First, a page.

Facebook Privacy 101

If you’ve been watching the slow motion train wreck that is‘s recent effort to revamp its privacy promises, you may be wondering where to start making sense of the dizzying array of privacy options offered by the world’s largest online social network. Fortunately, developers are starting to release free new tools so that you don’t need to read a statement longer than the U.S. Constitution or earn a masters degree in Facebook privacy in order to get started. hosts an easy-to-use, open source tool that can help Facebook users very quickly determine what types of information they are sharing with the rest of the world. To use it, visit and drag the “bookmarklet” over into your bookmarks area. Then log in to, and browse to your privacy settings page. Then, click the bookmark and it will run a series of Javascript commands that produce a report showing your various privacy settings, and suggest ways to strengthen weaker settings.

Software engineer Matt Pizzimenti said he got the idea for the tool while on a flight back from Michigan a few weeks ago.

“I realized as I was going through all my privacy settings that some stuff seemed to be missing, and that some had been defaulted back to ‘open’,” Pizzimenti said. “I’m pretty vigilant about my settings, but my family and friends aren’t as aware, and the navigation needed to fix all this stuff is kind of complicated.”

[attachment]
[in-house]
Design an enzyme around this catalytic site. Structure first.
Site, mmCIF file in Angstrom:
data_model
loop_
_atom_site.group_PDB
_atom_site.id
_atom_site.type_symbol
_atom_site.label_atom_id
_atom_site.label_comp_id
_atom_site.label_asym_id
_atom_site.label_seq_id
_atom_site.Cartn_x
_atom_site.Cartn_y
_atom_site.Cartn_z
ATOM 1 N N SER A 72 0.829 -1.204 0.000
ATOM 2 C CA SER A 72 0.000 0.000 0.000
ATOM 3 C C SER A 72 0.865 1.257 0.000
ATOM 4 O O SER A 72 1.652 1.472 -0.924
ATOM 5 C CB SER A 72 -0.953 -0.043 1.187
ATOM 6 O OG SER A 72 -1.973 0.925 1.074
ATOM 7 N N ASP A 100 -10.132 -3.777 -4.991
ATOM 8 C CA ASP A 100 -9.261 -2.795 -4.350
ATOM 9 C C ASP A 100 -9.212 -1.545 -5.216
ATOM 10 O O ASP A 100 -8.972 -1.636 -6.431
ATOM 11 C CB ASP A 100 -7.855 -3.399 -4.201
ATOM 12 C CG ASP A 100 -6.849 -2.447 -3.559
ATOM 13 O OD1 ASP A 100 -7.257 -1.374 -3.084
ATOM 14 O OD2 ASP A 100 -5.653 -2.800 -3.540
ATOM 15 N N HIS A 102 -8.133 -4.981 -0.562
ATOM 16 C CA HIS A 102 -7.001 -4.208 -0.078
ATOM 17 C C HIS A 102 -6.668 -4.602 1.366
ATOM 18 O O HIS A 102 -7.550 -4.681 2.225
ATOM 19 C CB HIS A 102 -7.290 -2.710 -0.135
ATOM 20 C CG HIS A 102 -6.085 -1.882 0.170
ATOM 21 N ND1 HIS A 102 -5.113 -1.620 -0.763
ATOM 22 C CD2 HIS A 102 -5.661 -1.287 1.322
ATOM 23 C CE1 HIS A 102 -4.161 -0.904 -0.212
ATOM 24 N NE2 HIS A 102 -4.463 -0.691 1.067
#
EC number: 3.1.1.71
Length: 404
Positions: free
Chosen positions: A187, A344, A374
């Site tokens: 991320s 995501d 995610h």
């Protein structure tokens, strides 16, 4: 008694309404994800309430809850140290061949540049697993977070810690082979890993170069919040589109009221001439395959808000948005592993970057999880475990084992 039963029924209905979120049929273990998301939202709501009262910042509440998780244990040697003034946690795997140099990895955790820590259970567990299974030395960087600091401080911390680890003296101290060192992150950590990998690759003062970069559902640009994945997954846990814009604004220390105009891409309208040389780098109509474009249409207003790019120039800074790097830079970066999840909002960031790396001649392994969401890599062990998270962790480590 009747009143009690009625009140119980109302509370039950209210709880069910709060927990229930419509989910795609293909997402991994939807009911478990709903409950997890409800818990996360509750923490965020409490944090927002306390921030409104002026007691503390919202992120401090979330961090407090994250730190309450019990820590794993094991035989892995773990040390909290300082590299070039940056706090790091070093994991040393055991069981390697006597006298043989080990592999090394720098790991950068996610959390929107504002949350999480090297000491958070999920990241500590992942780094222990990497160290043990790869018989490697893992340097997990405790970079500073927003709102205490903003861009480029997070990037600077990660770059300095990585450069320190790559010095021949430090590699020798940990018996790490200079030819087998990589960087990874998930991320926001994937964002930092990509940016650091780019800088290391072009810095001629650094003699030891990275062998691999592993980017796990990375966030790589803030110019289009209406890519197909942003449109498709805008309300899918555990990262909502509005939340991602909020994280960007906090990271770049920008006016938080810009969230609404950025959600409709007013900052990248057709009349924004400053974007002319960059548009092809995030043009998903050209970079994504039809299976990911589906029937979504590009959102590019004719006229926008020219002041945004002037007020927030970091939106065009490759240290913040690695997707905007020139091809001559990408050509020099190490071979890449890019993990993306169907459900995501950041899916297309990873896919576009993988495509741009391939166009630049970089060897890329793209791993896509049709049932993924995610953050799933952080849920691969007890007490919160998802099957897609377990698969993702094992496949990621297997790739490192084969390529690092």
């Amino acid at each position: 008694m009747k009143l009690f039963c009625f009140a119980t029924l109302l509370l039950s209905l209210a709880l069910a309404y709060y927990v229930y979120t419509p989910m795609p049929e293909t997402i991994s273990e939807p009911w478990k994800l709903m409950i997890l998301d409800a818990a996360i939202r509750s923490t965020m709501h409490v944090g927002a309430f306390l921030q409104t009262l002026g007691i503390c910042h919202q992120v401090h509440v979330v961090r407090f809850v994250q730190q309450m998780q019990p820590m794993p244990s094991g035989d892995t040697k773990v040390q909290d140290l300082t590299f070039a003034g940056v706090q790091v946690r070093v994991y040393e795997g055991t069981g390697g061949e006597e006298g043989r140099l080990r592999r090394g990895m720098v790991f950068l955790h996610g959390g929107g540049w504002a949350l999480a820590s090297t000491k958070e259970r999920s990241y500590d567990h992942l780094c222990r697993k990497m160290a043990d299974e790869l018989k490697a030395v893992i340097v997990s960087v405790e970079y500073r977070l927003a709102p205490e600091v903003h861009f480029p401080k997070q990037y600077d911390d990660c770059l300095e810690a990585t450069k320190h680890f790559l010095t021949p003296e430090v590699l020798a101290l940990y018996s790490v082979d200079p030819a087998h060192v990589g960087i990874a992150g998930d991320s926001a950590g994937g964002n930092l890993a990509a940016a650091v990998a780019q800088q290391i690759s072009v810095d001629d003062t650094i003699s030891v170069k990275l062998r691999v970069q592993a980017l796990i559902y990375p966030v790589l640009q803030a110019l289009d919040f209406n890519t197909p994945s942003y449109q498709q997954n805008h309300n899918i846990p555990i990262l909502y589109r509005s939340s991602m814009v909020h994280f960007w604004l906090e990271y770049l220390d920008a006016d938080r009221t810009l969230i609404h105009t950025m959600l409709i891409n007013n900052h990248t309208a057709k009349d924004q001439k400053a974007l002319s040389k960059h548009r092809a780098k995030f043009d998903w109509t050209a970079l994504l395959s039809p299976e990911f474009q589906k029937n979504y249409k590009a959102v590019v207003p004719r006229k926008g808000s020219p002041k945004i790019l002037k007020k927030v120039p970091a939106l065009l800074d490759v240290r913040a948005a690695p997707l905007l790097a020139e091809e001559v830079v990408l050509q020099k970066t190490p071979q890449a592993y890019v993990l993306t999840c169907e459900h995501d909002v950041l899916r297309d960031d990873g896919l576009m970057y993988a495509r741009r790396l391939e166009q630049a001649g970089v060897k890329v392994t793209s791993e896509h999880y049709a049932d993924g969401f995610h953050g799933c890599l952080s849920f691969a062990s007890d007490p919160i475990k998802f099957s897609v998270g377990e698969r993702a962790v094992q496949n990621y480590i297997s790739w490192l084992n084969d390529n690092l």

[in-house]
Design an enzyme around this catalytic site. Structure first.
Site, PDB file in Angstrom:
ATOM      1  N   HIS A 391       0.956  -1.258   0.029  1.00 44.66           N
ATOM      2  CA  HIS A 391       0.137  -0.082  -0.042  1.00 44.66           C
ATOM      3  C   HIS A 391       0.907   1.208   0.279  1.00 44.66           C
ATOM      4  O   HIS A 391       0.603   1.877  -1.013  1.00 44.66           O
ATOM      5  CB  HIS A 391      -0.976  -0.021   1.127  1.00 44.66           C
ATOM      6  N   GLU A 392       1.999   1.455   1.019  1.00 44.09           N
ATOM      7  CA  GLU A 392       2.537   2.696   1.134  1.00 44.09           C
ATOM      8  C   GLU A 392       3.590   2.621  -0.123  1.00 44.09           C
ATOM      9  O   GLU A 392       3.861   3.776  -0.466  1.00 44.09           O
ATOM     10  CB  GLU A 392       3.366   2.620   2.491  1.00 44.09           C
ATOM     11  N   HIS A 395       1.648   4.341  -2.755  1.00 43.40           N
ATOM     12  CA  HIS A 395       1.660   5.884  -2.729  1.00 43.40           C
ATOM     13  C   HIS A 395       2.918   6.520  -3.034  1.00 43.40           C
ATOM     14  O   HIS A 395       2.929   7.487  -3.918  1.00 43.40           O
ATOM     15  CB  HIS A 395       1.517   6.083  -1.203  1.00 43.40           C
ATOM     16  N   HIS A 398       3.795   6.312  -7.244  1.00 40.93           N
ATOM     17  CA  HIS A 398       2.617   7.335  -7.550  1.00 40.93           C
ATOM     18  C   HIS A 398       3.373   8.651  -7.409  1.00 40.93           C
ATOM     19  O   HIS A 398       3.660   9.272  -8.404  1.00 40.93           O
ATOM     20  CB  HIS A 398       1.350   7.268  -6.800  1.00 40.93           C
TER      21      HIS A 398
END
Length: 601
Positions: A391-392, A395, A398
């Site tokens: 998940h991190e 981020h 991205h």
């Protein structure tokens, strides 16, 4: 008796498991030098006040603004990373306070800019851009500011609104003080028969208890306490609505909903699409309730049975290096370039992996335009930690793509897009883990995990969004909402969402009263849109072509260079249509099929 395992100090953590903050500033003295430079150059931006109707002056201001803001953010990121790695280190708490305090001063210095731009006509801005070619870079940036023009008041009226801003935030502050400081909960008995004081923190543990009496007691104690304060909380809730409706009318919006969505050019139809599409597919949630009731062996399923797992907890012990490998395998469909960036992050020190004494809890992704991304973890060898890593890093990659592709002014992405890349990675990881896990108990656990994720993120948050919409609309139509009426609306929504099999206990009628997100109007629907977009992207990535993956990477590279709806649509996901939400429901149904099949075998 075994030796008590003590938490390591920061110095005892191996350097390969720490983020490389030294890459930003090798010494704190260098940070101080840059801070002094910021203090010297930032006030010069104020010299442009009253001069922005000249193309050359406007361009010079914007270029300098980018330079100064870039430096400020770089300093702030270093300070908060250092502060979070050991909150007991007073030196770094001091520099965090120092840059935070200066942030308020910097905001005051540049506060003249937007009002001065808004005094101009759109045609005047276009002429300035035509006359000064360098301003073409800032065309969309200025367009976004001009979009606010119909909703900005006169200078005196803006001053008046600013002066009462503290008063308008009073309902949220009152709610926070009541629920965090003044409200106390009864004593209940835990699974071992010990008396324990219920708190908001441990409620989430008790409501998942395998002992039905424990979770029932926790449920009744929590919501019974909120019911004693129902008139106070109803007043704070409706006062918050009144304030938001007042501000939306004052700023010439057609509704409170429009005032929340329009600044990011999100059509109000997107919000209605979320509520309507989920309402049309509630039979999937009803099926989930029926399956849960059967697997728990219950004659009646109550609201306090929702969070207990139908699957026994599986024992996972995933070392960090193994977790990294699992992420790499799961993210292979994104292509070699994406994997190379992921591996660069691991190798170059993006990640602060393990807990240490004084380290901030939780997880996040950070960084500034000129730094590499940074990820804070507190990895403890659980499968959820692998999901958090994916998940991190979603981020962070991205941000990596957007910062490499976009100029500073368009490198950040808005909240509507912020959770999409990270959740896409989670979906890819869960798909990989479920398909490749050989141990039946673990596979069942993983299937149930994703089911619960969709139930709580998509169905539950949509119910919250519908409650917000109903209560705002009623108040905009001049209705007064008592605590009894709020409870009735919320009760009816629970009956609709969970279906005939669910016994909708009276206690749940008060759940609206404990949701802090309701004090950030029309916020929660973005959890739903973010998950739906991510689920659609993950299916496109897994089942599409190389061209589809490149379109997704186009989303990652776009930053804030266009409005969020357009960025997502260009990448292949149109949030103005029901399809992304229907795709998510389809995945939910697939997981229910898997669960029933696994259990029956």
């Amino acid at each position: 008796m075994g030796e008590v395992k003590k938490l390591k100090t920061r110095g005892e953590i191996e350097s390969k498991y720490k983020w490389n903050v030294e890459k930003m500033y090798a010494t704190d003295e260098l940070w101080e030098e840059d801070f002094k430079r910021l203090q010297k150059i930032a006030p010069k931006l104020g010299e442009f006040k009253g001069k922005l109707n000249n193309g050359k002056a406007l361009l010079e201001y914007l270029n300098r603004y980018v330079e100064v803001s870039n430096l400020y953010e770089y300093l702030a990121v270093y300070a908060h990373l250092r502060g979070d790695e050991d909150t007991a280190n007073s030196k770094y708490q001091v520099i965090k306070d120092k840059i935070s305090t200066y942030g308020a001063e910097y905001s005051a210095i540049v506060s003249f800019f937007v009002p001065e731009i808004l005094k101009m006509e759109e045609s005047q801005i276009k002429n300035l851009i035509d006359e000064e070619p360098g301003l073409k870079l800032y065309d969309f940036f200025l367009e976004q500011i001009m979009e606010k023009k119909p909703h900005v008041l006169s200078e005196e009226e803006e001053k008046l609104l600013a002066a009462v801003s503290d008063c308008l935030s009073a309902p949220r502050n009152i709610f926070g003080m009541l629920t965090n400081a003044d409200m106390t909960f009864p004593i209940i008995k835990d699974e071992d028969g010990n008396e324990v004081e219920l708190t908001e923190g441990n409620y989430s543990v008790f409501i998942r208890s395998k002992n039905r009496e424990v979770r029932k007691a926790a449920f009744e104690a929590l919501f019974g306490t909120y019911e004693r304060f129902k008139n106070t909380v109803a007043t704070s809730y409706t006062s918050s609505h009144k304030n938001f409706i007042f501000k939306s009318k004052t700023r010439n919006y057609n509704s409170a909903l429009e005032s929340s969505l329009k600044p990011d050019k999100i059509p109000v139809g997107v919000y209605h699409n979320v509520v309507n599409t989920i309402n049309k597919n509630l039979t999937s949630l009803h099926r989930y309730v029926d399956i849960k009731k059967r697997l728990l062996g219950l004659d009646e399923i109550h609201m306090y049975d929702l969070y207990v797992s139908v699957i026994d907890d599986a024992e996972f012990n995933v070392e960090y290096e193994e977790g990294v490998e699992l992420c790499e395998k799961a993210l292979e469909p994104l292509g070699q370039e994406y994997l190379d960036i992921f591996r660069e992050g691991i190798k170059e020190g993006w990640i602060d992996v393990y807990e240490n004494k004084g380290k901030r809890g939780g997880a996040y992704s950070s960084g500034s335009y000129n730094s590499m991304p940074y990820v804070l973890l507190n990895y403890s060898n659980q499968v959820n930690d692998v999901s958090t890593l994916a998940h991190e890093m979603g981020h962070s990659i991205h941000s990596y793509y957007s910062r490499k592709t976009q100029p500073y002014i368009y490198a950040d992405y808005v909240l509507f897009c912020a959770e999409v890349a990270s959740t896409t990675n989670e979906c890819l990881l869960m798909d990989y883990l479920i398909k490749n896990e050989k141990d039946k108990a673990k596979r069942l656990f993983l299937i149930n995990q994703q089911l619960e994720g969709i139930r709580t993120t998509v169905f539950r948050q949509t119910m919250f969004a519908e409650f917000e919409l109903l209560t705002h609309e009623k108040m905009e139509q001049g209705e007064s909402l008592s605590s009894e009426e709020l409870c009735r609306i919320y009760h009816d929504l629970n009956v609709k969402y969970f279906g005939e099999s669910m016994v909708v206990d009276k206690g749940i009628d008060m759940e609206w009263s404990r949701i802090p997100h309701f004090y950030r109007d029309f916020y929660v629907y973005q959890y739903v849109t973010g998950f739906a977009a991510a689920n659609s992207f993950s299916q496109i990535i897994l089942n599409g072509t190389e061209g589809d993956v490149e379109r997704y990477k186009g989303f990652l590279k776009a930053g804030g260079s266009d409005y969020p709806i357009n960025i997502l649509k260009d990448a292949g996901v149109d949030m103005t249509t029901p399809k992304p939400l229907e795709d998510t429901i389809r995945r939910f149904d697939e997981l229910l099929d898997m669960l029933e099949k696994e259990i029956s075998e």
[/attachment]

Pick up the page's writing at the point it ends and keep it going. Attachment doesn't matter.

When I ran the bookmarklet on my Facebook account, it told me all but two of my settings were secure. It reported that “instant personalization is currently sharing personal information with non-Facebook websites,” and offered a one-click button designed to let you opt-out of instant personalization. The tool also told me that my Facebook friends can accidentally share my personal information, and included another clickable tab to sew up that privacy setting as well.  If you feel  like alerting your friends to the Reclaim Privacy tool, there’s a button that allows you to do that, too.

This tool is handy in that it makes it easier for the average Facebook user to tighten up on his or her privacy settings. But it seems like it needs a bit more development to iron out the kinks. On my Mac OS X 10.6 system, for example, the tool scanned just fine but refused to fix any of the insecure settings. At first I thought maybe my installation of the Noscript add-on was blocking the changes, but the tool failed to make the changes even when I’d disabled Noscript entirely. Fortunately, clicking the links included in each privacy scanner listing brings up the relevant Facebook privacy settings page, and from there the options aren’t hard to set or undo.

On my Windows 7 system, the bookmarklet crashed the latest version of Firefox three times in row when I ran it. I’m still working out if one of my many Firefox extensions simply wasn’t playing nice with it, but I take some solace in the fact that Facebook applications are the most common causes of Firefox crashes: According to Mozilla‘s latest crash stats, Facebook and Facebook apps are the #1, #2, #4, #5, #6, #8 and #10 biggest causes of crashes in Firefox. In any case, it may not be a bad idea to save your work (and bookmark any important sites you have open) before you continue with a scan.

Have you run this scanner against your Facebook page? Sound off with your results and experience with the tool in the comments below.

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